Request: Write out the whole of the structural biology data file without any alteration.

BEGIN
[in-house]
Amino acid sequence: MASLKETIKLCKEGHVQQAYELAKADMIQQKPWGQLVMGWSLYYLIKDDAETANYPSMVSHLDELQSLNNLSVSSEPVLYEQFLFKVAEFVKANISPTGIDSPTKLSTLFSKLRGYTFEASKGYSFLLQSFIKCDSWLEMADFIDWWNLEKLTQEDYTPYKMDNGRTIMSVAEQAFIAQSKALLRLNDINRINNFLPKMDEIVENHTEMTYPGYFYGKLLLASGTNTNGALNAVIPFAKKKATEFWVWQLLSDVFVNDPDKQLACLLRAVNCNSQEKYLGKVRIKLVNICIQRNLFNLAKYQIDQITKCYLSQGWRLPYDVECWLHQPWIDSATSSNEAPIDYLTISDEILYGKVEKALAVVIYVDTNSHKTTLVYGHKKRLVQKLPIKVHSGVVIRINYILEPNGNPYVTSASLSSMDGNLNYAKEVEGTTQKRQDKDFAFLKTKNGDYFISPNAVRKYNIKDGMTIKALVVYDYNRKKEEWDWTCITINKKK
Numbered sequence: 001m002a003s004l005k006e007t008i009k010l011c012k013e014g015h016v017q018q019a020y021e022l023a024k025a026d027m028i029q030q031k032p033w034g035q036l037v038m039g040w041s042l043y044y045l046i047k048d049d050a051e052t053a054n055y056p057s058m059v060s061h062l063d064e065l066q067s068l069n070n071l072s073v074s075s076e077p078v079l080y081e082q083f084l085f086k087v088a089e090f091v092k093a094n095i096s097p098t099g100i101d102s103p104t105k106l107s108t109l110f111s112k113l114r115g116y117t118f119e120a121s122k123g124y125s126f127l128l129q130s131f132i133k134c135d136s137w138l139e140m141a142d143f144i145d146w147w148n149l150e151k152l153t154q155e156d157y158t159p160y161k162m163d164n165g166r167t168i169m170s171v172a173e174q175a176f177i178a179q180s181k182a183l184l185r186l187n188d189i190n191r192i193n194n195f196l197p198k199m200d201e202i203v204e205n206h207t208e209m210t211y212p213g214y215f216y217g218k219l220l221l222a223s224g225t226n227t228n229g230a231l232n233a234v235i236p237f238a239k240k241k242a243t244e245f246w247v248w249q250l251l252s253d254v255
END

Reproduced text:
[in-house]
Amino acid sequence: MASLKETIKLCKEGHVQQAYELAKADMIQQKPWGQLVMGWSLYYLIKDDAETANYPSMVSHLDELQSLNNLSVSSEPVLYEQFLFKVAEFVKANISPTGIDSPTKLSTLFSKLRGYTFEASKGYSFLLQSFIKCDSWLEMADFIDWWNLEKLTQEDYTPYKMDNGRTIMSVAEQAFIAQSKALLRLNDINRINNFLPKMDEIVENHTEMTYPGYFYGKLLLASGTNTNGALNAVIPFAKKKATEFWVWQLLSDVFVNDPDKQLACLLRAVNCNSQEKYLGKVRIKLVNICIQRNLFNLAKYQIDQITKCYLSQGWRLPYDVECWLHQPWIDSATSSNEAPIDYLTISDEILYGKVEKALAVVIYVDTNSHKTTLVYGHKKRLVQKLPIKVHSGVVIRINYILEPNGNPYVTSASLSSMDGNLNYAKEVEGTTQKRQDKDFAFLKTKNGDYFISPNAVRKYNIKDGMTIKALVVYDYNRKKEEWDWTCITINKKK
Numbered sequence: 001m002a003s004l005k006e007t008i009k010l011c012k013e014g015h016v017q018q019a020y021e022l023a024k025a026d027m028i029q030q031k032p033w034g035q036l037v038m039g040w041s042l043y044y045l046i047k048d049d050a051e052t053a054n055y056p057s058m059v060s061h062l063d064e065l066q067s068l069n070n071l072s073v074s075s076e077p078v079l080y081e082q083f084l085f086k087v088a089e090f091v092k093a094n095i096s097p098t099g100i101d102s103p104t105k106l107s108t109l110f111s112k113l114r115g116y117t118f119e120a121s122k123g124y125s126f127l128l129q130s131f132i133k134c135d136s137w138l139e140m141a142d143f144i145d146w147w148n149l150e151k152l153t154q155e156d157y158t159p160y161k162m163d164n165g166r167t168i169m170s171v172a173e174q175a176f177i178a179q180s181k182a183l184l185r186l187n188d189i190n191r192i193n194n195f196l197p198k199m200d201e202i203v204e205n206h207t208e209m210t211y212p213g214y215f216y217g218k219l220l221l222a223s224g225t226n227t228n229g230a231l232n233a234v235i236p237f238a239k240k241k242a243t244e245f246w247v248w249q250l251l252s253d254v255